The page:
Dissolved iron was detected in 51 percent of shallow and 62 percent of deep IW samples. Dissolved iron concentrations exceeded the secondary Federal criterion of 0.3 mg/L in 38 percent of shallow and 46 percent of deep IW samples. Mean dissolved iron concentrations were largest mostly in the central and northwest part of the study area corresponding to an area of the aquifer where aquifer material is more clay-rich. The distribution of large dissolved iron concentrations was similar to that of large sulfate concentrations. About 55 percent of shallow and 92 percent of deep IW dissolved manganese samples exceeded the secondary Federal criterion of 0.05 mg/L. Almost all samples from the central and northern parts of the study area had mean dissolved manganese concentrations that exceeded the Federal criterion in the shallow part of the aquifer. Mean dissolved manganese concentrations in the shallow part of the aquifer were substantially large (greater than 1,000 micrograms per liter [μg/L]) in wells near the Little Arkansas River and in the central part of the study area because of chemically reducing conditions in the aquifer that likely related to larger percentages of clay in the aquifer material.
Concentrations of dissolved arsenic species generally were larger in the deep parts of the aquifer. Arsenite was the dominant form of arsenic on average in shallow (52 percent) and deep (55 percent) IWs. About 12 percent of shallow and 34 percent of deep IW dissolved arsenic sample concentrations exceeded the Federal primary drinking criterion of 10 μg/L. Shallow IW dissolved arsenic concentrations were larger near the Little Arkansas River and the center of the study area; large shallow IW dissolved arsenic concentrations (10–50 μg/L) in the center of the study area correspond to areas that have had the most water-level recovery since the historical low in 1993. Mean ORP in shallow IWs generally decreased with increasing water-level depths and were inversely related to mean dissolved arsenic concentrations because of more reducing conditions (smaller ORP) at larger depths below the land surface. Larger dissolved arsenic concentrations in the shallow parts of the aquifer were associated with decreases in water levels and a subsequent decrease in ORP and thus more reducing conditions.
Atrazine was detected in about 58 percent of shallow and 28 percent of deep IWs and did not exceed the primary Federal criterion of 3 μg/L in any groundwater samples. Atrazine concentrations in shallow IWs generally were largest in the northwest part of the study area near the North Branch Kisiwa Creek, and atrazine concentrations in deep IWs generally were largest most often in the southern part of the study area. Gross α radioactivity concentrations exceeded the primary Federal criterion of 15 picocuries per liter in 4 percent of shallow IW samples. Gross α and gross β radioactivity concentrations generally were larger in the southern third of the aquifer.
Most groundwater-sample-simulated minerals saturation indices (SIs) were consistently negative (undersaturated). Minerals that had SI values that were consistently or typically positive (oversaturated) included iron oxide, hydroxide, and quartz-group minerals. Several SI values for arsenic- and manganese-bearing minerals were consistently negative. Some manganese-bearing mineral SI values ranged from undersaturated to oversaturated in shallow and deep IWs during the study. Several carbonate minerals in shallow and deep IWs varied across their equilibrium state. Calcite SI values were larger more often in the deep parts of the aquifer and did not show a clear distributional pattern. Mean and median calcite SI values for shallow and deep IWs were negative (undersaturated) indicating the potential for calcite dissolution if calcite is present for a substantial part of the study period. However, some individual calcite SI values in this study indicated saturation and subsequent calcite precipitation may occur in the study area, potentially resulting in formation of calcite mineral deposits that may reduce efficiency of injection wells. SI values with respect to iron hydroxide varied across their equilibrium states. Mean and median SI values with respect to iron hydroxide were undersaturated in shallow and deep IWs; however, some samples had positive SI values indicating there is potential for iron hydroxide precipitation, possibly caused by leaching and oxidation of iron-containing minerals, like pyrite, in the aquifer material.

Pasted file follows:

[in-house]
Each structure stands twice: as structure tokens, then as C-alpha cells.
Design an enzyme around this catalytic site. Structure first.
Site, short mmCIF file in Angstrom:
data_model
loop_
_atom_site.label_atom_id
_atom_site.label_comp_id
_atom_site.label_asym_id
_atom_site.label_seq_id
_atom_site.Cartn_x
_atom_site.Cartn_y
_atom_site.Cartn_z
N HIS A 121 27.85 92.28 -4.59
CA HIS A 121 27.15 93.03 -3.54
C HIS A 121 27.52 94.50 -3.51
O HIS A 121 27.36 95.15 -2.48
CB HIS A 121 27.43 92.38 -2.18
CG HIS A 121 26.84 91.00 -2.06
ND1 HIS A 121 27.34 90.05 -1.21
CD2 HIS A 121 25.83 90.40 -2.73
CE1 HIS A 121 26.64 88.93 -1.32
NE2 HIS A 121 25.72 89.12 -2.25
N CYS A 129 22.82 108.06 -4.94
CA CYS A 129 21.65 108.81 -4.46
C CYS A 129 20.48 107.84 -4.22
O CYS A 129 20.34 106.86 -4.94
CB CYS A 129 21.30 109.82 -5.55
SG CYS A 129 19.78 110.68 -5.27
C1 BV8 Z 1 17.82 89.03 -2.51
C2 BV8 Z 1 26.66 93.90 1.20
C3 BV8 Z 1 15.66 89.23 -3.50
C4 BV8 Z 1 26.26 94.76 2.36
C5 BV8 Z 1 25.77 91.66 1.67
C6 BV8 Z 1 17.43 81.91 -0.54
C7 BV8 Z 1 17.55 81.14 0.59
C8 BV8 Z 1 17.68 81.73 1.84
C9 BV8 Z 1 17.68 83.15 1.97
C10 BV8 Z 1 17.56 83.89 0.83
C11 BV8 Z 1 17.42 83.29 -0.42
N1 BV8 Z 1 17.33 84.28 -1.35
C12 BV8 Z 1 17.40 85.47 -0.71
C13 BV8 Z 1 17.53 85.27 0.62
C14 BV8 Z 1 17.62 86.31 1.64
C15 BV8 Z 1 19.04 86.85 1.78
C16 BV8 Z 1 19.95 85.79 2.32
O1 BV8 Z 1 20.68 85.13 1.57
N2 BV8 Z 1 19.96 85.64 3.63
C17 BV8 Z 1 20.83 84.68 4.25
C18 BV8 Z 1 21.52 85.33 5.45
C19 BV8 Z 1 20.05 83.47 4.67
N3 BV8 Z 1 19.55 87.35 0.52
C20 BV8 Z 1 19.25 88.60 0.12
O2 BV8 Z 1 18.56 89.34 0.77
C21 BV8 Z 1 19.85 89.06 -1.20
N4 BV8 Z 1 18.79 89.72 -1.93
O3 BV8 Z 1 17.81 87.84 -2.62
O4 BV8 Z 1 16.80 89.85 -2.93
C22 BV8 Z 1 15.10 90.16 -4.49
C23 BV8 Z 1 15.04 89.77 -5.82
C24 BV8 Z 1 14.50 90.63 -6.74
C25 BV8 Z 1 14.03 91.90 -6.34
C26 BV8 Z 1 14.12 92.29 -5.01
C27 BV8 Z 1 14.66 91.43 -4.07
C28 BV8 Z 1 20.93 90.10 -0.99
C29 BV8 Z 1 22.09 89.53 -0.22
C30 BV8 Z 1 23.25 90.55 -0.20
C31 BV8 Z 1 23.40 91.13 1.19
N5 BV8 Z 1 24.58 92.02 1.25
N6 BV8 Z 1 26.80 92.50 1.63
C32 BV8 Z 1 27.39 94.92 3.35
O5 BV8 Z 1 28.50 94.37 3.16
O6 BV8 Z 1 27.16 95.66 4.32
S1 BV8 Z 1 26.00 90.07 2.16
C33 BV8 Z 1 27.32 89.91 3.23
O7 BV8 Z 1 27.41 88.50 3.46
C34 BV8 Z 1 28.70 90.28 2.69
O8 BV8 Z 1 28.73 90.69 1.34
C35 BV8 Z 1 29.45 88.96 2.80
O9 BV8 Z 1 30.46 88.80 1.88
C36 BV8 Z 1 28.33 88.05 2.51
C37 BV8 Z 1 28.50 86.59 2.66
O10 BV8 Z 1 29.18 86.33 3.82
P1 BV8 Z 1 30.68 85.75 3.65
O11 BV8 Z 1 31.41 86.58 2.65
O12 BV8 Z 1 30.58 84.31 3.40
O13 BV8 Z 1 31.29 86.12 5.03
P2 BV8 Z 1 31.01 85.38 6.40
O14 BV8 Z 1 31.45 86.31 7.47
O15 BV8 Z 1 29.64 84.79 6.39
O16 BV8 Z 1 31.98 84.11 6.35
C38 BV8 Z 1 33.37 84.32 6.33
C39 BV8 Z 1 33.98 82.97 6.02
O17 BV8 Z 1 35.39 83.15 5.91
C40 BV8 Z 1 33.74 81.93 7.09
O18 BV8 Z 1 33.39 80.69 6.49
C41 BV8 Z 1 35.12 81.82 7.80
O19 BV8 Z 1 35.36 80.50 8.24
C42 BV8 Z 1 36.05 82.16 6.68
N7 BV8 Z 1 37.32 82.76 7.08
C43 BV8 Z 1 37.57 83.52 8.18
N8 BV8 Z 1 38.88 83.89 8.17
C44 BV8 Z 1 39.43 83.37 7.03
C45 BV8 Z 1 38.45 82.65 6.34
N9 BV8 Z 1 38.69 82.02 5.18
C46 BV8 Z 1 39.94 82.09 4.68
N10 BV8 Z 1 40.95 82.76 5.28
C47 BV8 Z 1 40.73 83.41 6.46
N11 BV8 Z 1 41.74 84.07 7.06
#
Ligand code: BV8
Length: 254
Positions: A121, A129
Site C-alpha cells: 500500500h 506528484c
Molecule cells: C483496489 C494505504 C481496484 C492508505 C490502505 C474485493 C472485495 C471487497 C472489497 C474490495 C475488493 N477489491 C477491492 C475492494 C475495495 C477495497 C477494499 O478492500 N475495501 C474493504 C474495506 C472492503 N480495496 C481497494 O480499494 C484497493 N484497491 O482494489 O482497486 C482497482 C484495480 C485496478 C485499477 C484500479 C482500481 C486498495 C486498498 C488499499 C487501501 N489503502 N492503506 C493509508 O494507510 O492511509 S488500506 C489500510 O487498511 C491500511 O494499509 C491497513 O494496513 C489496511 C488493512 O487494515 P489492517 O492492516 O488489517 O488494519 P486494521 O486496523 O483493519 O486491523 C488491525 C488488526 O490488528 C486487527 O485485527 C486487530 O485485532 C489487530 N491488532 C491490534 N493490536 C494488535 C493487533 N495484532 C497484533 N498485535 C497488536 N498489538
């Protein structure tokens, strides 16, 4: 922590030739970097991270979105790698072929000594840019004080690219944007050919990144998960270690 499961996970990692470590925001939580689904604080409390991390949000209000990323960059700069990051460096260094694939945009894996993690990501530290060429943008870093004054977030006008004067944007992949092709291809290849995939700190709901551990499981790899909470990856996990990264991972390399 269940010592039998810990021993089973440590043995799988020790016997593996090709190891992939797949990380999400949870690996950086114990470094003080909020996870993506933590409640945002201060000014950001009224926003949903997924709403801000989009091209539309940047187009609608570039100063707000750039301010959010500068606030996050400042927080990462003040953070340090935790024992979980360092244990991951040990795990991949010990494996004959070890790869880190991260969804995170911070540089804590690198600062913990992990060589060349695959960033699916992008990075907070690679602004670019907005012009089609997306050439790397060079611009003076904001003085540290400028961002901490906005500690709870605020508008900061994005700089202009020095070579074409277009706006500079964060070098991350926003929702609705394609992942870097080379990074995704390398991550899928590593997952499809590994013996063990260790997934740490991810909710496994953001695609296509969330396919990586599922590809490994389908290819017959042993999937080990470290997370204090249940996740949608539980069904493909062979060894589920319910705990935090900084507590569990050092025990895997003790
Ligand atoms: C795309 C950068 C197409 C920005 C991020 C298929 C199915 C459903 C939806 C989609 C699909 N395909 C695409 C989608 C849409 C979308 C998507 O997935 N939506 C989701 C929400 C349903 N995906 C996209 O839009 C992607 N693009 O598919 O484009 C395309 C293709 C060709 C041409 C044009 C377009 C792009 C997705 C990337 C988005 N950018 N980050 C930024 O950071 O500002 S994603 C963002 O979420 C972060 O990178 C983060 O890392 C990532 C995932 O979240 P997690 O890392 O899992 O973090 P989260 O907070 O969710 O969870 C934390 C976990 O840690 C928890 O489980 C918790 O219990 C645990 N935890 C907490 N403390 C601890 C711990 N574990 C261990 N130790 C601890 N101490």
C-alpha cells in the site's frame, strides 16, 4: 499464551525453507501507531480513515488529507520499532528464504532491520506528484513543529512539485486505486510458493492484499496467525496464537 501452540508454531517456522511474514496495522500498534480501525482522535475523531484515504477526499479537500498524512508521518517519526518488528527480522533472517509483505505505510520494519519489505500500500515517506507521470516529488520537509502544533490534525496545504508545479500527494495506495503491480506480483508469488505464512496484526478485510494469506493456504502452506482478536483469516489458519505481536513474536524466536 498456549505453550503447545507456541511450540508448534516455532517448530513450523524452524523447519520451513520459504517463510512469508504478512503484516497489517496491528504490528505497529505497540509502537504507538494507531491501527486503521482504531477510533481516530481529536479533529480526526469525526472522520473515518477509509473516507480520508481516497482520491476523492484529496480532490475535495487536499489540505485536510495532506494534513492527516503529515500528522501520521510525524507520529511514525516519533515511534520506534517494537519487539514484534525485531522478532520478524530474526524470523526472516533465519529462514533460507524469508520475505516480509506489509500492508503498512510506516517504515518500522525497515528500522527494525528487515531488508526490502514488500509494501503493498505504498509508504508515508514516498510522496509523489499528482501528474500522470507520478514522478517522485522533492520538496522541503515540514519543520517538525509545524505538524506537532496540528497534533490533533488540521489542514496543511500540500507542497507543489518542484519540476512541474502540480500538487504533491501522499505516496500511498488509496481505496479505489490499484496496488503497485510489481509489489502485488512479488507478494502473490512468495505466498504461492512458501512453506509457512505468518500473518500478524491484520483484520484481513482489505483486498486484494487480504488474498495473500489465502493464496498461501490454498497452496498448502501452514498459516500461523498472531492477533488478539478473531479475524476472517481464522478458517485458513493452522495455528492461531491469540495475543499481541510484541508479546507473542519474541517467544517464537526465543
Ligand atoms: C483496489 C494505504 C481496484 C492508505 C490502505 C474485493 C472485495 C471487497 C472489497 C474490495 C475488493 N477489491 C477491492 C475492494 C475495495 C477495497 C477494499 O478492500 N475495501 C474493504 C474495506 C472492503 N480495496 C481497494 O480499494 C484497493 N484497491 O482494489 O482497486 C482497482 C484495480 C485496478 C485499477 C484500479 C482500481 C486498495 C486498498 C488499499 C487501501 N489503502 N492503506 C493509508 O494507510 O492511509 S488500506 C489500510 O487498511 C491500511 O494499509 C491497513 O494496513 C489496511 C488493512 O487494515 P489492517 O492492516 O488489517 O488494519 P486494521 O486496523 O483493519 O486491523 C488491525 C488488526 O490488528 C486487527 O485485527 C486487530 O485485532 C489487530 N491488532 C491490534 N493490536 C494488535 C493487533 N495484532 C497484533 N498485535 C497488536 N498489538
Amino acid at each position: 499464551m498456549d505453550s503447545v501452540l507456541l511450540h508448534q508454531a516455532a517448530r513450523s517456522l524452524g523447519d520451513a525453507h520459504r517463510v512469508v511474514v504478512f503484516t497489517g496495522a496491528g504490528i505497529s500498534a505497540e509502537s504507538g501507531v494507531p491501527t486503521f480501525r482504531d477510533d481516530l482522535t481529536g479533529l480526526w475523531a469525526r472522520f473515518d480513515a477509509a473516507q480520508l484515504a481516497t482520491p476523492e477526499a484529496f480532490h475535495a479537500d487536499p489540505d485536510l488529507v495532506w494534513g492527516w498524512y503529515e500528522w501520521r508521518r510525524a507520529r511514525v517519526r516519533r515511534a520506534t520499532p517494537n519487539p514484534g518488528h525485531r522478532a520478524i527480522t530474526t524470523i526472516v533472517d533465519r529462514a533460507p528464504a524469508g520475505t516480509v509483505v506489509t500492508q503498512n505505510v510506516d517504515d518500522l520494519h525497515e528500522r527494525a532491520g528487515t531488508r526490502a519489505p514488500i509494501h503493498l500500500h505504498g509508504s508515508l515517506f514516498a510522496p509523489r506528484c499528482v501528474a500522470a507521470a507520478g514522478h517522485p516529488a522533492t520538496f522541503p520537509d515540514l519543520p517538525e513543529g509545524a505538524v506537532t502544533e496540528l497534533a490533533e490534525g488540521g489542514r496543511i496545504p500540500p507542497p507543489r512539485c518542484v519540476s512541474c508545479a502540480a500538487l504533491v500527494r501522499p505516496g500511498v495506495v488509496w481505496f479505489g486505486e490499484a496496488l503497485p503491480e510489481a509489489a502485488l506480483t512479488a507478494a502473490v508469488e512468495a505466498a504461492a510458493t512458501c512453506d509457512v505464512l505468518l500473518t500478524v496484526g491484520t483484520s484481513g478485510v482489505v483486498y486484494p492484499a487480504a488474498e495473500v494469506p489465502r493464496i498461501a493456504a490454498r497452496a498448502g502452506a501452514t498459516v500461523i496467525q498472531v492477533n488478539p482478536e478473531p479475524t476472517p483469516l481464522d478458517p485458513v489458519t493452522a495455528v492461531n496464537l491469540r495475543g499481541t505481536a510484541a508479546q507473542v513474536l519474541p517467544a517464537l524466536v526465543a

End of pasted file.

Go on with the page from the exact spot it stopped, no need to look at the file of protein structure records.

Stone, M.L., Klager, B.J., and Ziegler, A.C., 2019, Water-quality and geochemical variability in the Little Arkansas River and Equus Beds aquifer, south-central Kansas, 2001–16: U.S. Geological Survey Scientific Investigations Report 2019–5026, 79 p., https://doi.org/10.3133/sir20195026.
ISSN: 2328-0328 (online)
Table of Contents
- Water Quality of the Little Arkansas River
- Water Quality and Geochemistry of the Equus Beds Aquifer
- Summary and Conclusions
- References Cited
- Appendix 1
Additional publication details
|Publication Subtype||USGS Numbered Series|
|Title||Water-quality and geochemical variability in the Little Arkansas River and Equus aquifer, south-central Kansas, 2001–16|
|Series title||Scientific Investigations Report|
|Publisher||U.S. Geological Survey|
|Publisher location||Reston, VA|
|Contributing office(s)||Kansas Water Science Center|
|Description||Report: viii, 79 p.; Appendix Tables: Table 1.1 to Table 1.14; Companion Files|
|Other Geospatial||Equus Beds Aquifer, Little Arkansas River|
|Online Only (Y/N)||Y|
|Additional Online Files (Y/N)||Y|
|Google Analytic Metrics||Metrics page|